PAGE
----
Sandra Cisneros was born in Chicago in 1954, one of seven children. She began writing as a child, but decided to concentrate on it seriously in high school. She received a B.A. from Loyola University in Chicago, as well as an M.F.A from the University of Iowa in creative writing. She has authored books of poetry, short stories, novels, and essays. Her debut novel, The House on Mango Street, her most famous and celebrated work, was released in 1984. It has been translated into more than 20 other languages. Her debut short story collection, Woman Hollering Creek, in which “Eleven” appears, received praise and awards upon its release in 1991. Cisneros has written, and continues to write, in many genres, including full-length poetry collections like Loose Woman and My Wicked Wicked Ways, children’s books like Hairs/Pelitos and Bravo Bruno!, and novels such as Caramelo and Have You Seen Marie? Her work is wide-ranging enough, both in style and longevity, that she published a book called Vintage Cisneros in 2004 that comprises several pieces from her first several books.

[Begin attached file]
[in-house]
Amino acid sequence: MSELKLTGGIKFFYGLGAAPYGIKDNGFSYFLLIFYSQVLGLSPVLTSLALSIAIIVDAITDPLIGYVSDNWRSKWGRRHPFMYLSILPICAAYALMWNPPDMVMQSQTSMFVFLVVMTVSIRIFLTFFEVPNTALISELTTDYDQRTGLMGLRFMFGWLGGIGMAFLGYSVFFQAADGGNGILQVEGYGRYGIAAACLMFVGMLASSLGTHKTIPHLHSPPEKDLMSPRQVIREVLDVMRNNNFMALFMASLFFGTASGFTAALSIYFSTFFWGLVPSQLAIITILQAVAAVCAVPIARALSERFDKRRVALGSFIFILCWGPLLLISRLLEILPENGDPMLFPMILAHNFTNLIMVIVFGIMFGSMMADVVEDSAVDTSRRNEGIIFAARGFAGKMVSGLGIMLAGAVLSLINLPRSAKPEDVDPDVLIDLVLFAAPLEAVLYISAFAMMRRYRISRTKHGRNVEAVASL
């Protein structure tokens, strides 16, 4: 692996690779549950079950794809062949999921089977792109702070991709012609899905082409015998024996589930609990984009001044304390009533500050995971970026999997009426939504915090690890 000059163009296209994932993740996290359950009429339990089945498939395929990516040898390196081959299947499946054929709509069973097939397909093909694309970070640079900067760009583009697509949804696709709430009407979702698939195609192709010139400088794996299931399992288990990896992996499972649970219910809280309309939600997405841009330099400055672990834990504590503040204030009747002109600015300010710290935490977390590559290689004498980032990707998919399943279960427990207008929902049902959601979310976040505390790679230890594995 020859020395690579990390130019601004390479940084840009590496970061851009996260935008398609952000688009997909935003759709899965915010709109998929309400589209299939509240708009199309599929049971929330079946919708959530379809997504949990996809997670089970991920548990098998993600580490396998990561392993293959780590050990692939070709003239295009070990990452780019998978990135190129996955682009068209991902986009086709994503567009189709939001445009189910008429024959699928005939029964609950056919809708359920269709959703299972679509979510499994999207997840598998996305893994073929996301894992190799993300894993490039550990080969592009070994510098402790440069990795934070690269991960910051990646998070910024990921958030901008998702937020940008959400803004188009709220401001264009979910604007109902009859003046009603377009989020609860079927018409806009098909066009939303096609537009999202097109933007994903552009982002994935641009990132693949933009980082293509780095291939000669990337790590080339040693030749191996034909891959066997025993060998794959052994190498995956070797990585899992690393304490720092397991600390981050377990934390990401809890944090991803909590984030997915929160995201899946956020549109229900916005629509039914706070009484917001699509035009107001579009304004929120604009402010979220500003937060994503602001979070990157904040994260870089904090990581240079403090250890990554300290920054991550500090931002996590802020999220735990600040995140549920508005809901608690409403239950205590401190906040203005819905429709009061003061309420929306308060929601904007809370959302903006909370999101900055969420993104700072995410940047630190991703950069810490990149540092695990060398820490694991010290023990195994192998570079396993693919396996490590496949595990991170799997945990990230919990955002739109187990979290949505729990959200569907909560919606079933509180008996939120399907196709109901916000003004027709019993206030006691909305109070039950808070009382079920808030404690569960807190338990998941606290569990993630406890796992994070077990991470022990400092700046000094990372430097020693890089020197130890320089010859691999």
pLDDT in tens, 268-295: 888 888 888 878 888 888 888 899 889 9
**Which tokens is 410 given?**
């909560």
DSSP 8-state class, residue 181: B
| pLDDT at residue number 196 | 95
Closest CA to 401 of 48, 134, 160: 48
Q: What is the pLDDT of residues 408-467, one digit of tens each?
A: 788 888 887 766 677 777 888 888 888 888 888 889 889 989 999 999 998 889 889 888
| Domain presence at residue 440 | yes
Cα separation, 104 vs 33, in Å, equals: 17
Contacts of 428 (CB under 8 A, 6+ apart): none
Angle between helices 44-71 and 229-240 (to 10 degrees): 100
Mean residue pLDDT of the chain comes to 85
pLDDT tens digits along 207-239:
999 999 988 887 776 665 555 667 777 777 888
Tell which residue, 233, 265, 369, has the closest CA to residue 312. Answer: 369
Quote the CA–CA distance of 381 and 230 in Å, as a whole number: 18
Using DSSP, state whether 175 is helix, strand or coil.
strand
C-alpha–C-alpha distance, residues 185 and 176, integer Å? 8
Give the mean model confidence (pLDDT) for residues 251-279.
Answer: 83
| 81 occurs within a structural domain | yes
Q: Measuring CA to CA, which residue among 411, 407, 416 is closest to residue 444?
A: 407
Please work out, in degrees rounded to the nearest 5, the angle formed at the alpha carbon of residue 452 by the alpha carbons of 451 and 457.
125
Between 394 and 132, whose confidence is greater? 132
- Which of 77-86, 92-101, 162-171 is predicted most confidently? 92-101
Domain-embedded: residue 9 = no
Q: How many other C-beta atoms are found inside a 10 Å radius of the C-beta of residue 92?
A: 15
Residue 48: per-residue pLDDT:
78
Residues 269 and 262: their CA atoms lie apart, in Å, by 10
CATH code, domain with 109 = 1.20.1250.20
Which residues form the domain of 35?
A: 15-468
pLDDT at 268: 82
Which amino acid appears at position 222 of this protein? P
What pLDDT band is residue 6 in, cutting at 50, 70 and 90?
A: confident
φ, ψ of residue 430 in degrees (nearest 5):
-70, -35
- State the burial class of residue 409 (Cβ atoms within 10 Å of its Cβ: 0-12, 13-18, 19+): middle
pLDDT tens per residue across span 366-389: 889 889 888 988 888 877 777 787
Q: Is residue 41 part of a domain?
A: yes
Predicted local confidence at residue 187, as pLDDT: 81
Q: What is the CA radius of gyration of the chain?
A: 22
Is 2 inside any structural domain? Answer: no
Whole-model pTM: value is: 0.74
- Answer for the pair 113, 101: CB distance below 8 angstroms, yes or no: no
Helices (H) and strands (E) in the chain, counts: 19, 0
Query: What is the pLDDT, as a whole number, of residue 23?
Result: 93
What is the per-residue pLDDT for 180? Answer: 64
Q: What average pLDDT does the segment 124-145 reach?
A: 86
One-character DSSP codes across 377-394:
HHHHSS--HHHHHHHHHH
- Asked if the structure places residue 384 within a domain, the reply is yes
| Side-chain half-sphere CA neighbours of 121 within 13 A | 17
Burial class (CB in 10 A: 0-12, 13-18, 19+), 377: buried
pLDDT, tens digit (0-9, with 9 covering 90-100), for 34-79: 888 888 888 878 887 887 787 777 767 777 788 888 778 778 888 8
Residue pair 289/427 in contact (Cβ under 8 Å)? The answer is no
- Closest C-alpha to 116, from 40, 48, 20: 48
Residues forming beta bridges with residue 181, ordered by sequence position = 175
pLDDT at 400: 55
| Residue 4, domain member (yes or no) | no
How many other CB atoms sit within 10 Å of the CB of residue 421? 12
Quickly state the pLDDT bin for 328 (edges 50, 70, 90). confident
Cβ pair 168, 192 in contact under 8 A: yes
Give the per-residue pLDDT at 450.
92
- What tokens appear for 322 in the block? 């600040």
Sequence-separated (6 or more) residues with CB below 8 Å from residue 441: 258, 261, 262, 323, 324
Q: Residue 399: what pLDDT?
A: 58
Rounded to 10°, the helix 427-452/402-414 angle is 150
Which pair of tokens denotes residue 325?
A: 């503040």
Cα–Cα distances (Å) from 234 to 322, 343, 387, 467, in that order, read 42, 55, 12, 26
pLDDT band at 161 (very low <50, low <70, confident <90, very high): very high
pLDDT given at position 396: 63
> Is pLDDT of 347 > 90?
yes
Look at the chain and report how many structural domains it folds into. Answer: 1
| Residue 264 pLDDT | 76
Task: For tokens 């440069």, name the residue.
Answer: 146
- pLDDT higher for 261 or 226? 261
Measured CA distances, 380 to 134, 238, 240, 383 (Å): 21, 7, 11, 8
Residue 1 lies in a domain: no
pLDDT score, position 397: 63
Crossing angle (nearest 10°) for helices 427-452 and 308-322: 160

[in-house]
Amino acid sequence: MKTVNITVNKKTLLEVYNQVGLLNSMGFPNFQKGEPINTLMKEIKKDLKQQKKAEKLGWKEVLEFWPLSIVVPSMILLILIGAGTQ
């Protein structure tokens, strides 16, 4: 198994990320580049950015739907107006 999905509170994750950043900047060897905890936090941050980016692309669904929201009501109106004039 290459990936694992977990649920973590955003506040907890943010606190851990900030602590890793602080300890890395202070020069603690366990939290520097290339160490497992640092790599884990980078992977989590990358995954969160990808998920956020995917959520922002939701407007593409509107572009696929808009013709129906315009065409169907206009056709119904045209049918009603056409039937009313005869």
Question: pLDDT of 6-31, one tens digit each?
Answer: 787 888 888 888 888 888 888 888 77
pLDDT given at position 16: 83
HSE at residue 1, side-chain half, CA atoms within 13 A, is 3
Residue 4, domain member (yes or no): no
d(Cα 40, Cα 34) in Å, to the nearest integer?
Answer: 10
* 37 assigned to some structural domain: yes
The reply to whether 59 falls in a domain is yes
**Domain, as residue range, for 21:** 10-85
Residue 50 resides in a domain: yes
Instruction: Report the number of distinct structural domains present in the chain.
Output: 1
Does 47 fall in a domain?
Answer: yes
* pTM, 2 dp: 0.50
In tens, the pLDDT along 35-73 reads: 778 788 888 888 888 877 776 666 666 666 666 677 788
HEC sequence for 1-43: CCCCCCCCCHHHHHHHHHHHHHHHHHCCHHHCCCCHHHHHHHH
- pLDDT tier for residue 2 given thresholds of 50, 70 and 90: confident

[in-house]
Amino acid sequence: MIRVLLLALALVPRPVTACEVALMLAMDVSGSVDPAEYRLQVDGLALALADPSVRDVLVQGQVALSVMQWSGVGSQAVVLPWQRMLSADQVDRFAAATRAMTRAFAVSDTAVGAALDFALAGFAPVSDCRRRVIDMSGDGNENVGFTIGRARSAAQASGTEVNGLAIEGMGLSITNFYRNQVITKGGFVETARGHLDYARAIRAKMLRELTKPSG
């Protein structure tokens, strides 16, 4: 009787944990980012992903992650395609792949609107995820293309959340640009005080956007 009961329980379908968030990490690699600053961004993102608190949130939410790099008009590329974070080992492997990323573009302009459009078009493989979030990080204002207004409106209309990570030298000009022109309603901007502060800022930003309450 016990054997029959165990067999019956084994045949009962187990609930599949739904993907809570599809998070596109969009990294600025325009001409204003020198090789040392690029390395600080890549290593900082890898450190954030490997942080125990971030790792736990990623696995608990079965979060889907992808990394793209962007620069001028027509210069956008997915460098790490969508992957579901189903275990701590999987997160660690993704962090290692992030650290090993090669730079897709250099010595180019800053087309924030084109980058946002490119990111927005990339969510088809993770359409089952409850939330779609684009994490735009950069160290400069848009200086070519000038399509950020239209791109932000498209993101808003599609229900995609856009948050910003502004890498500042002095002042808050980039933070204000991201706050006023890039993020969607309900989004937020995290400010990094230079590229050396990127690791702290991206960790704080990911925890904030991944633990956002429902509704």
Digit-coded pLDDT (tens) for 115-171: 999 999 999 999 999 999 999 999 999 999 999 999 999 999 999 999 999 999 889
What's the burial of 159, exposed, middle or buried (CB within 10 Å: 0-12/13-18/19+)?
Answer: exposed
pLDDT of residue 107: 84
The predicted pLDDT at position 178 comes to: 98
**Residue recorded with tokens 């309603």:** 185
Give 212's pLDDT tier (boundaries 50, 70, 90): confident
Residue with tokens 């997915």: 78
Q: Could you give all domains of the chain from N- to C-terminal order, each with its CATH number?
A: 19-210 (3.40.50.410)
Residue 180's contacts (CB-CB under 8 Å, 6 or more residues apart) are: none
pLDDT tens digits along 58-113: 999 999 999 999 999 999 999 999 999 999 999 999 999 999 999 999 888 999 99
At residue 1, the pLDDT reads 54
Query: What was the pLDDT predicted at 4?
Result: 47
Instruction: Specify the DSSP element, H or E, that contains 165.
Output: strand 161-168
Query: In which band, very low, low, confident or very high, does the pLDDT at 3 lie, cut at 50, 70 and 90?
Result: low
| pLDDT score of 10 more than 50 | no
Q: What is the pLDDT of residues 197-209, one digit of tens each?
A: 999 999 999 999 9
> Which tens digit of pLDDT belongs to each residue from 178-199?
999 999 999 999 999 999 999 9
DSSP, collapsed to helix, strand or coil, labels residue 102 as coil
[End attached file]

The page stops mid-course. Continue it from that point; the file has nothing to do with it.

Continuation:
In addition to her written work, Cisneros has founded two nonprofits. One is the Macondo Foundation, which is made up of a group of writers interested in community building through creativity and participation. The other group is the Alfredo Cisneros del Moral Foundation, which awarded grants to writers based in Texas from 2007-2015. She also organized Los MacArturos, a group of Latino MacArthur fellows working as community activists. Cisneros writes in both English and Spanish, with several of her books published in bilingual editions. Cisneros has dual citizenship in both the United States and Mexico, and has lived in both places, having traveled back and forth in her youth between Chicago and Mexico. Her literary papers were purchased for preservation by Texas State University in 2015.